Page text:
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## Ch. 7 - QuickSort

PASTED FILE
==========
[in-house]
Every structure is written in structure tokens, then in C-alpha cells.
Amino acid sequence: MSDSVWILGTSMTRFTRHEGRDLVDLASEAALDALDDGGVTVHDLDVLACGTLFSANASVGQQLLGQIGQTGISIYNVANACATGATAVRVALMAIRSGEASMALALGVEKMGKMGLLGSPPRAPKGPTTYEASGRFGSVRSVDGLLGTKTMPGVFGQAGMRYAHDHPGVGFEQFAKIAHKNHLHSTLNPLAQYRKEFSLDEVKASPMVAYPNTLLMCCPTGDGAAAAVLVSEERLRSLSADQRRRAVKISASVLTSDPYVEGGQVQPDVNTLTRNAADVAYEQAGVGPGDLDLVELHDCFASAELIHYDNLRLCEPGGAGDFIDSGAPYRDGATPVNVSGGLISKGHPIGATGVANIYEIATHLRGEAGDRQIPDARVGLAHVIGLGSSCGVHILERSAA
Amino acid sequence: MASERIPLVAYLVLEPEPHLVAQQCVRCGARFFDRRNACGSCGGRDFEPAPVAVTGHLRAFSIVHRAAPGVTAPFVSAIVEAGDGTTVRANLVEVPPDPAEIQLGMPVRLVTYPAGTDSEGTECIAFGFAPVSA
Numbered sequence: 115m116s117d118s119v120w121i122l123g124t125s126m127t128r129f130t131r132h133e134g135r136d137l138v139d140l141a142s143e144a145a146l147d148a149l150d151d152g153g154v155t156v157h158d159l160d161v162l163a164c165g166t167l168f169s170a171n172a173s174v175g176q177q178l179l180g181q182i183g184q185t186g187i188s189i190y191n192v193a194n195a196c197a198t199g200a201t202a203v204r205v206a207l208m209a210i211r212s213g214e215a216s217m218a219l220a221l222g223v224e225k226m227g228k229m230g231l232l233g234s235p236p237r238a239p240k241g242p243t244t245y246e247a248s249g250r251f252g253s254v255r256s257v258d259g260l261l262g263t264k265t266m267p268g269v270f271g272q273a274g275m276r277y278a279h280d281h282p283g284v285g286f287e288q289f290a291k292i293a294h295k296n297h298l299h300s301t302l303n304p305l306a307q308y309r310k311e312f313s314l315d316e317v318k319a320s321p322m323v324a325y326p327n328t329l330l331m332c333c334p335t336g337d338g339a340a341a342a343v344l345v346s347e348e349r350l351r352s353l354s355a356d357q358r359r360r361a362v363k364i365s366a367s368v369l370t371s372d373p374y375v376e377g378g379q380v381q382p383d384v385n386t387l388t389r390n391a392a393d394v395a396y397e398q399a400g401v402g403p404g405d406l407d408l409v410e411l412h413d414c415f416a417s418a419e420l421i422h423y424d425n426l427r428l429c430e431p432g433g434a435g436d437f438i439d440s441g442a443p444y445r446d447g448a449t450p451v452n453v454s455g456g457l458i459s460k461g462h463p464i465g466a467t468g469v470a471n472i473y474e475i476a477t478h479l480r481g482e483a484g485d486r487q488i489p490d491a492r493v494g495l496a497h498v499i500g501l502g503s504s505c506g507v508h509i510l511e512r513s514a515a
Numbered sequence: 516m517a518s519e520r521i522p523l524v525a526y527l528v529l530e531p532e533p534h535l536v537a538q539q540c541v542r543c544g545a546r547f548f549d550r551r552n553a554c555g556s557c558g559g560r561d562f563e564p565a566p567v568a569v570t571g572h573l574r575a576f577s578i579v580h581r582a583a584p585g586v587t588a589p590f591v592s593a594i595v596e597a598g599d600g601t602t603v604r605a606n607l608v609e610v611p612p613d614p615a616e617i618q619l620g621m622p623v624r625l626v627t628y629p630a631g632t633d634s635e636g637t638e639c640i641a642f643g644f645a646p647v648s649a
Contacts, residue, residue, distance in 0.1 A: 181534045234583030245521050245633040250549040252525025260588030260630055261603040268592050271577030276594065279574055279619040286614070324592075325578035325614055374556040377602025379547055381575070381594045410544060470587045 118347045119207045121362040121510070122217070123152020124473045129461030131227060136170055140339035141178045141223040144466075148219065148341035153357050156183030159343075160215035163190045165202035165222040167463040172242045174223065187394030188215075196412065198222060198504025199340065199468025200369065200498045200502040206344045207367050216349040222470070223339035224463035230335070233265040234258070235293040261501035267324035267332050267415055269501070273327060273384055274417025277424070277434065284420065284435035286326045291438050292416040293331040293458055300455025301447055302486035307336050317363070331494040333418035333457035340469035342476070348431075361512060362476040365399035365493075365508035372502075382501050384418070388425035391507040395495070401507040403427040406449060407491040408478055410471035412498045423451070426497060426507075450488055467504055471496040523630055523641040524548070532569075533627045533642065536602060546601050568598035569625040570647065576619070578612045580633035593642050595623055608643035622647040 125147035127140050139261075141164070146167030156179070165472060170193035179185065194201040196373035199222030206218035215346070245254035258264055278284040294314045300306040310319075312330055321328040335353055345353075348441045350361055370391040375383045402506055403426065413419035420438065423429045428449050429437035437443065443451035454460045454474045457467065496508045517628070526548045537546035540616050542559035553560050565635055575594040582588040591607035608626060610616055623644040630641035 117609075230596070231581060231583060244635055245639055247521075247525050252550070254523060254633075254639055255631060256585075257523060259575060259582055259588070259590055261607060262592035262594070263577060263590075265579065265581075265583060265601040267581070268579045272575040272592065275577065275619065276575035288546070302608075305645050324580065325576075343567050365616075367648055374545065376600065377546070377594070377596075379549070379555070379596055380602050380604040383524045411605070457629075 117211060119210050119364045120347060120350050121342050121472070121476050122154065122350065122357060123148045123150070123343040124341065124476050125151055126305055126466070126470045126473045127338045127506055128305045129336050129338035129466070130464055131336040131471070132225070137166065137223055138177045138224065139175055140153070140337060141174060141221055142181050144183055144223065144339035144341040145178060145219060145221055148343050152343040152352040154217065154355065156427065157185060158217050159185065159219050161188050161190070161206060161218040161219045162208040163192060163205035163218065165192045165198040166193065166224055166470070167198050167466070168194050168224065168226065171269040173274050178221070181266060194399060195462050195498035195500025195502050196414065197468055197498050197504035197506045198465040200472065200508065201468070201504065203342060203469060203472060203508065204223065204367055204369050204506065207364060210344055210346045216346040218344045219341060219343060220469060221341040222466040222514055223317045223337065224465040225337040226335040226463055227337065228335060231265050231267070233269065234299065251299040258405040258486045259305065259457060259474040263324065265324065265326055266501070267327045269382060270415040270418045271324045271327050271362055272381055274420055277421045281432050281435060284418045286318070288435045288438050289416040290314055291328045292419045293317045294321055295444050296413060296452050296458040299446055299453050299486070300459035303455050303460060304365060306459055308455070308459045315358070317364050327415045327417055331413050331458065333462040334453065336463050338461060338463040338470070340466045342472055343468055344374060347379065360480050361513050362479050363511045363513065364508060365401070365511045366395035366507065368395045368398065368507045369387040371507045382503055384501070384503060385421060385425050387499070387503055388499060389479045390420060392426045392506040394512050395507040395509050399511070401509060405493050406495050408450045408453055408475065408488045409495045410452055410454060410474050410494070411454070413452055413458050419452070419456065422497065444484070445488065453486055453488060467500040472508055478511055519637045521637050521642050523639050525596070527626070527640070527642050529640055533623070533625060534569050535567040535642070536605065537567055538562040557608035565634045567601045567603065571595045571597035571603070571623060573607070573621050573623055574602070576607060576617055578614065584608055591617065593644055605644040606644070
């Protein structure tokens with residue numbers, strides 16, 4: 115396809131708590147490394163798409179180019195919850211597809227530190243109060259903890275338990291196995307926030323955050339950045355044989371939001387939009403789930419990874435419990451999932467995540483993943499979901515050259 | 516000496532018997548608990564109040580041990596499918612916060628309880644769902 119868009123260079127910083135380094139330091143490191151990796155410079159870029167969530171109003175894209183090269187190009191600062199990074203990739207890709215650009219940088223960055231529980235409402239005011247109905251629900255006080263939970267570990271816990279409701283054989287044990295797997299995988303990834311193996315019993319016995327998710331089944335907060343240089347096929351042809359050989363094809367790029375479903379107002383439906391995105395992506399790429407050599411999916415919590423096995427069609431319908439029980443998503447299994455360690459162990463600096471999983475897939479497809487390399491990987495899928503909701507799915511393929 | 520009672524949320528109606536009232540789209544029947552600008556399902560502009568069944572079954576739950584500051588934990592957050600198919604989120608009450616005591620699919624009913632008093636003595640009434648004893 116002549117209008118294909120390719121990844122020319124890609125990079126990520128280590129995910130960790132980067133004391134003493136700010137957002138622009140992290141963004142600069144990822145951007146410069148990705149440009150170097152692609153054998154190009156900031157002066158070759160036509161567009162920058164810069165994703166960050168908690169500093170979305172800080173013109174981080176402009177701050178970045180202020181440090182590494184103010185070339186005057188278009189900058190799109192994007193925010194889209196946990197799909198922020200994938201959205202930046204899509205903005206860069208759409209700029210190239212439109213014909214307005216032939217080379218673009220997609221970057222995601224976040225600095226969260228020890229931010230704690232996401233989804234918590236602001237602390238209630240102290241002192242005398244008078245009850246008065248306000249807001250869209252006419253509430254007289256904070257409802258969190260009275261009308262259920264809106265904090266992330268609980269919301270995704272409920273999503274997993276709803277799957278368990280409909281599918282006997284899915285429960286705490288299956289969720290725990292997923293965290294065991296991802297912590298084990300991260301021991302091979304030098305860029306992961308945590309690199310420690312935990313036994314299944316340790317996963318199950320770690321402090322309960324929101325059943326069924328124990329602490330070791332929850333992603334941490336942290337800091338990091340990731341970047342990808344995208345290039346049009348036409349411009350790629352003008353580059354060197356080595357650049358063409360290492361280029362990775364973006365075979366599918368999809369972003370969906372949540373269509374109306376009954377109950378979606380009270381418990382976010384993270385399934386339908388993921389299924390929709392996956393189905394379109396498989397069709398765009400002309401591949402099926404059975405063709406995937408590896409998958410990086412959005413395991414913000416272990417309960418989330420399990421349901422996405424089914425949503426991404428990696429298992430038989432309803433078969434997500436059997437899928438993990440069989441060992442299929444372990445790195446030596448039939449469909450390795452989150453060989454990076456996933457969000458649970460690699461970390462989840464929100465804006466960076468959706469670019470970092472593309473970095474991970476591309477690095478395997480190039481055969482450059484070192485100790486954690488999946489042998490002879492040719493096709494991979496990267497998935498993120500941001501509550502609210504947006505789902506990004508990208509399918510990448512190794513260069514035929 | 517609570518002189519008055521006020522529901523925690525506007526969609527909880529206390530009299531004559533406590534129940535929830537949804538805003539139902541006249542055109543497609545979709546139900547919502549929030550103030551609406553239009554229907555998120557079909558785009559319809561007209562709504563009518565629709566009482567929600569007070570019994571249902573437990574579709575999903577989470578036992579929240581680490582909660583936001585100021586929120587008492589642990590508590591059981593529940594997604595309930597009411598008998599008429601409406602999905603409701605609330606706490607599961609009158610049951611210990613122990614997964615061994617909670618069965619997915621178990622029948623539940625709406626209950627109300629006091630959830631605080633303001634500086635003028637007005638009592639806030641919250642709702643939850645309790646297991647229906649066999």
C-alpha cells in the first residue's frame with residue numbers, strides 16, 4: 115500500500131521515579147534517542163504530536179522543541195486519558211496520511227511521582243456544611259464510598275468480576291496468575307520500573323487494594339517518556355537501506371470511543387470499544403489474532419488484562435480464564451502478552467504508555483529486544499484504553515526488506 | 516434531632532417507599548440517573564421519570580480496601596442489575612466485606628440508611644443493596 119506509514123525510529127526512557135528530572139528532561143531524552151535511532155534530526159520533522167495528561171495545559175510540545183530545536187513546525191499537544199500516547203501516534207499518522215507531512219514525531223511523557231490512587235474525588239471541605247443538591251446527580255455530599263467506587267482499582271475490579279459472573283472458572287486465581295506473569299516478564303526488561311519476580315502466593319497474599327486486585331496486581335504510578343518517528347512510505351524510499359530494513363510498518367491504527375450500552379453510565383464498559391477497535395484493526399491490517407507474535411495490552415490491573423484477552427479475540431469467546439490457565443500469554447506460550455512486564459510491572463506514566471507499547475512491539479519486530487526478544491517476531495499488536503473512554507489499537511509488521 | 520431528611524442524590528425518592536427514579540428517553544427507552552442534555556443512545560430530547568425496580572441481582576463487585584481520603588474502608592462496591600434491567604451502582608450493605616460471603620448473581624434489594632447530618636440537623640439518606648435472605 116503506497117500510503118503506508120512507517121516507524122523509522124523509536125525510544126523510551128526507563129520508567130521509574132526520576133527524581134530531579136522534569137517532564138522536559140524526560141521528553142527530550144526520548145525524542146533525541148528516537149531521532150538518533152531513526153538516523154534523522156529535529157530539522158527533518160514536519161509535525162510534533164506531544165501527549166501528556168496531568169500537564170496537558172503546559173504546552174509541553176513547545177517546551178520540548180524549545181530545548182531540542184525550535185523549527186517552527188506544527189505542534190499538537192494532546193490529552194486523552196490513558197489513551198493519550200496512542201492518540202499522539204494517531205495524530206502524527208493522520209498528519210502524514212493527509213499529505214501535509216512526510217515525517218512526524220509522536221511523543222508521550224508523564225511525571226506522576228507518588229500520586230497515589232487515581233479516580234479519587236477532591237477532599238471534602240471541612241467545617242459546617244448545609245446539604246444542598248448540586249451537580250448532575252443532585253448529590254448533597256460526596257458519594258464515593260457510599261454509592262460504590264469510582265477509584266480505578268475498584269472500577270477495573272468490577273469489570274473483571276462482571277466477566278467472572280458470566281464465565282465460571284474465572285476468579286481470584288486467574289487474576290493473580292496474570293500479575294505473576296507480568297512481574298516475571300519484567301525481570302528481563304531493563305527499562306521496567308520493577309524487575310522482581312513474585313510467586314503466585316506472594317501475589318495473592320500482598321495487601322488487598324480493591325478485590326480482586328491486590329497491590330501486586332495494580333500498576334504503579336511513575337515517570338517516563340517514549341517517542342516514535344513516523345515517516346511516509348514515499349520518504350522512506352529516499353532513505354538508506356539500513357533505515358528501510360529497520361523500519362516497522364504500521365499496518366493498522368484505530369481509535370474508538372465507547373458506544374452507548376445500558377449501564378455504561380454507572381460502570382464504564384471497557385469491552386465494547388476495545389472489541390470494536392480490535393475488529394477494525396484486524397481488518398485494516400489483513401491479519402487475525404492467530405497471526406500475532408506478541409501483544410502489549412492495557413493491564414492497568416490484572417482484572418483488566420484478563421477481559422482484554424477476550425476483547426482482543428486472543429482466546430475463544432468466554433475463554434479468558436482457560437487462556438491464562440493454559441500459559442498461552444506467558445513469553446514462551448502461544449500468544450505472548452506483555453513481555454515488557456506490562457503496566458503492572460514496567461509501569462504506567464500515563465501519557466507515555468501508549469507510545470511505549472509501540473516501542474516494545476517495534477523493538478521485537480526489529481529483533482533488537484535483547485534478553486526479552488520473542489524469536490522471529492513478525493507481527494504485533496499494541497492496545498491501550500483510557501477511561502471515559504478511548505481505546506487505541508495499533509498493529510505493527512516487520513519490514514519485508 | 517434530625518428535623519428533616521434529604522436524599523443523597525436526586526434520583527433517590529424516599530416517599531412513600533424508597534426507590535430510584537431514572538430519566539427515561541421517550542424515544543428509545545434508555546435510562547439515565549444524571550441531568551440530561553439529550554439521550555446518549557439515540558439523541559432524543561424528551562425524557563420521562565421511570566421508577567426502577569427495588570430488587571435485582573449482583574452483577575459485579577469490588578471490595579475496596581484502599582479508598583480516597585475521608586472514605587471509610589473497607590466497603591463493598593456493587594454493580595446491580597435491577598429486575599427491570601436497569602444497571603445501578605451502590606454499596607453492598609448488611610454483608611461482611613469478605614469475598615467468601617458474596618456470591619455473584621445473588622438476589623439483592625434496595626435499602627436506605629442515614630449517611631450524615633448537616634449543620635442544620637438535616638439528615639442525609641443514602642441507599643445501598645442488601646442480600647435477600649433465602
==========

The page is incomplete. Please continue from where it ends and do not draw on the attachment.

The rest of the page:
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**Ch. 7 - QuickSort**Quick but not Guaranteed**Ch.7 - QuickSort**Another Divide-and-Conquer sorting algorithm… As it turns out, MERGESORT and HEAPSORT, although O(n lg n) in their time complexity, have fairly large constants and tend to move data around more than desirable (e.g., equal-key items may not maintain their relative position from input to output). We introduce another algorithm with better constants, but a flaw: its worst case in O(n2). Fortunately, the worst case is “rare enough” so that the speed advantages work an overwhelming amount of the time… and it is O(n lg n) on average. 91.404**Ch.7 - QuickSort**Like in MERGESORT, we use Divide-and-Conquer: • Divide: partition A[p..r] into two subarrays A[p..q-1] and A[q+1..r] such that each element of A[p..q-1] is ≤ A[q], and each element of A[q+1..r] is ≥ A[q]. Compute q as part of this partitioning. • Conquer: sort the subarrays A[p..q-1] and A[q+1..r] by recursive calls to QUICKSORT. • Combine: the partitioning and recursive sorting leave us with a sorted A[p..r] – no work needed here. An obvious difference is that we do most of the work in the divide stage, with no work at the combine one. 91.404**Ch.7 - QuickSort**The Pseudo-Code 91.404**Ch.7 - QuickSort**91.404**Ch.7 - QuickSort**Proof of Correctness: PARTITION We look for a loop invariant and we observe that at the beginning of each iteration of the loop (l.3-6) for any array index k: • If p ≤ k ≤ i, then A[k] ≤ x; • If i+1 ≤ k ≤ j-1, then A[k] > x; • If k = r, then A[k] = x. • Ifj ≤ k ≤ r-1, then we don’t know anything about A[k]. 91.404**Ch.7 - QuickSort**The Invariant • Initialization. Before the first iteration: i=p-1, j=p. No values between p and i; no values between i+1 and j-1. The first two conditions are trivially satisfied; the initial assignment satisfies 3. • Maintenance. Two cases • 1.A[j] > x. • 2. A[j] ≥ x. 91.404**Ch.7 - QuickSort**The Invariant • Termination. j=r. Every entry in the array is in one of the three sets described by the invariant. We have partitioned the values in the array into three sets: less than or equal to x, greater than x, and a singleton containing x. Running time of PARTITION on A[p..r] is Q(n), where n = r – p + 1. 91.404**Ch.7 - QuickSort**QUICKSORT: Performance – a quick look. • We first look at (apparent) worst-case partitioning: T(n) = T(n-1) + T(0) + Q(n) = T(n-1) + Q(n). It is easy to show – using substitution - that T(n) = Q(n2). • We next look at (apparent) best-case partitioning: T(n) = 2T(n/2) + Q(n). It is also easy to show (case 2 of the Master Theorem) that T(n) = Q(n lg n). • Since the disparity between the two is substantial, we need to look further… 91.404**Ch.7 - QuickSort**QUICKSORT: Performance – Balanced Partitioning 91.404**Ch.7 - QuickSort**QUICKSORT: Performance – the Average Case As long as the number of “good splits” is bounded below as a fixed percentage of all the splits, we maintain logarithmic depth and so O(n lg n) time complexity. 91.404**Ch.7 - QuickSort**QUICKSORT: Performance – Randomized QUICKSORT We would like to ensure that the choice of pivot does not critically impair the performance of the sorting algorithm – the discussion to this point would indicate that randomizing the choice of the pivot should provide us with good behavior (if at all possible with the data-set we are trying to sort). We introduce 91.404**Ch.7 - QuickSort**QUICKSORT: Performance – Randomized QUICKSORT And the recursive procedure becomes: Every call to RANDOMIZED-PARTITION has introduced the (constant) extra overhead of a call to RANDOM. 91.404**Ch.7 - QuickSort**QUICKSORT: Performance – Rigorous Worst Case Analysis Since we do not, a priori, have any idea of what the splits of the subarrays will be, we have to represent a possible “worst case” (we already have an O(n2) bound from the “bad split” example – so it could be worse… although we hope not). The worst case leads to the recurrence T(n) = max0≤q≤n-1(T(q) + T(n – q - 1)) + Q(n), where we remember that the pivot does not appear at the next level (down) of the recursion. 91.404**Ch.7 - QuickSort**QUICKSORT: Performance – Rigorous Worst Case Analysis We have to come up with a “guess” and the basis for the guess is our likely “bad split case”: it tells us we cannot hope for any better than W(n2). So we just hope it is no worse… Guess T(n) ≤ cn2 for some c > 0 and start doing algebra for the induction: T(n) ≤ max0≤q≤n-1(T(q) + T(n – q - 1)) + Q(n) ≤ max0≤q≤n-1(cq2 + c(n – q - 1)2) + Q(n). Differentiate cq2 + c(n – q - 1)2 twice with respect to q, to obtain 4c > 0 for all values of q. 91.404**Ch.7 - QuickSort**QUICKSORT: Performance – Rigorous Worst Case Analysis Since the expression represents a quadratic curve, concave up, it reaches it maximum at one of the endpoints q = 0 and q = n – 1. As we evaluate, we find max0≤q≤n-1(cq2 + c(n – q - 1)2) + Q(n) ≤ c max0≤q≤n-1(q2 + (n – q - 1)2) + Q(n) ≤ c (n – 1)2 + Q(n) = cn2 – 2cn + 1 + Q(n) ≤ cn2 by choosing c large enough to overcome the positive constant in Q(n). 91.404**Ch.7 - QuickSort**QUICKSORT: Performance – Expected RunTime Understanding partitioning. • Each time PARTITION is called, it selects a pivot element and this pivot element is never included in successive calls: the total number of calls to PARTITION is n. • Each call to PARTITION costs O(1) plus an amount of time proportional to the number of iterations of the for loop. • Each iteration of the for loop (in line 4) performs a comparison , comparing the pivot to another element in A. • We need to count the number of times l. 4 is executed. 91.404**Ch.7 - QuickSort**QUICKSORT: Performance – Expected RunTime Lemma 7.1. Let X be the number of comparisons performed in l. 4 of PARTITION over the entire execution of QUICKSORT on an n-element array. Then the running time of QUICKSORT is O(n + X). Proof: the observations on the previous slide. We need to find X, the total number of comparisons performed over all calls to PARTITION. 91.404**Ch.7 - QuickSort**QUICKSORT: Performance – Expected RunTime • Rename the elements of A as z1, z2, …, zn, so that zi is the ith smallest element of A. • Define the set Zij = {zi, zi+1,…, zj}. • Question: when does the algorithm compare zi and zj? • Answer: at most once – notice that all elements in every (sub)array are compared to the pivot once, and will never be compared to the pivot again (since the pivot is removed from the recursion). • Define Xij = I{zi is compared to zj}, the indicator variable of this event. Comparisons are over the full run of the algorithm. 91.404**Ch.7 - QuickSort**QUICKSORT: Performance – Expected RunTime • Since each pair is compared at most once, we can write • Taking expectations of both sides: • We need to compute Pr{zi is compared to zj}. • We will assume all zi and zj are distinct. • For any pair zi, zj, once a pivot x is chosen so that zi < x < zj, zi and zj will never be compared again (why?). 91.404**Ch.7 - QuickSort**QUICKSORT: Performance – Expected RunTime • If zi is chosen as a pivot before any other item in Zij, then zi will be compared to every other item in Zij. • Same for zj. • zi and zj are compared if and only if the first element to be chosen as a pivot from Zij is either zi or zj. • What is that probability? Until a point of Zij is chosen as a pivot, the whole of Zij is in the same partition, so every element of Zij is equally likely to be the first one chosen as a pivot. 91.404**Ch.7 - QuickSort**QUICKSORT: Performance – Expected RunTime • Because Zij has j – i + 1 elements, and because pivots are chosen randomly and independently, the probability that any given element is the first one chosen as a pivot is 1/(j-i+1). It follows that: • Pr{zi is compared to zj} = Pr{zi or zj is first pivot chosen from Zij} = Pr{zi is first pivot chosen from Zij}+ Pr{ zj is first pivot chosen from Zij} = 1/(j-i+1) + 1/(j-i+1) = 2/(j-i+1). 91.404**Ch.7 - QuickSort**QUICKSORT: Performance – Expected RunTime • Replacing the right-hand-side in 7, and grinding through some algebra: And the result follows. 91.404